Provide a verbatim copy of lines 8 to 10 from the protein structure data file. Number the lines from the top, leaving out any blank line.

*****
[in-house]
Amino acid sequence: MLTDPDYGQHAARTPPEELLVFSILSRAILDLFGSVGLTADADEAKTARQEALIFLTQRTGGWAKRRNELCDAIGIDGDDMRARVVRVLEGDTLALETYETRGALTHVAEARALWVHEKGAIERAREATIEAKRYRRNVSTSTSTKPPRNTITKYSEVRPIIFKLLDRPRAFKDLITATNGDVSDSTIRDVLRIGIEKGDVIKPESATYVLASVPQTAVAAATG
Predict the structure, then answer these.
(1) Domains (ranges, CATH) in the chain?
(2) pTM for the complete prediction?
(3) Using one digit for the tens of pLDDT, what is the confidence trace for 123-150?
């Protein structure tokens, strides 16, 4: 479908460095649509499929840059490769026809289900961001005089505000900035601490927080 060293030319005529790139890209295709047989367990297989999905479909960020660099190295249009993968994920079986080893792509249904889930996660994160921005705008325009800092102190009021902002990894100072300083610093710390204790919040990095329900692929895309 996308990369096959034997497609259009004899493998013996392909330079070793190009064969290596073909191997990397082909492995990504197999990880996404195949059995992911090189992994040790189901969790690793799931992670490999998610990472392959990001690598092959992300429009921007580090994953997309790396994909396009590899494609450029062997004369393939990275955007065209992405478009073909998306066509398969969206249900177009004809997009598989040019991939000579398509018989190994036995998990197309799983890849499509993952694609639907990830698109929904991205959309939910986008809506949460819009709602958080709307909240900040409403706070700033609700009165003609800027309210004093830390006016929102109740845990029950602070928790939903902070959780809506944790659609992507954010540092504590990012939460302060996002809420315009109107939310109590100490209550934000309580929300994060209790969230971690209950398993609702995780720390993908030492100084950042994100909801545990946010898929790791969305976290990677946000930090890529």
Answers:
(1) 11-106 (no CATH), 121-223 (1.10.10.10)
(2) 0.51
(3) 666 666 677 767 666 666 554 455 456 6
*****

Answers:
(1) 11-106 (no CATH), 121-223 (1.10.10.10)
(2) 0.51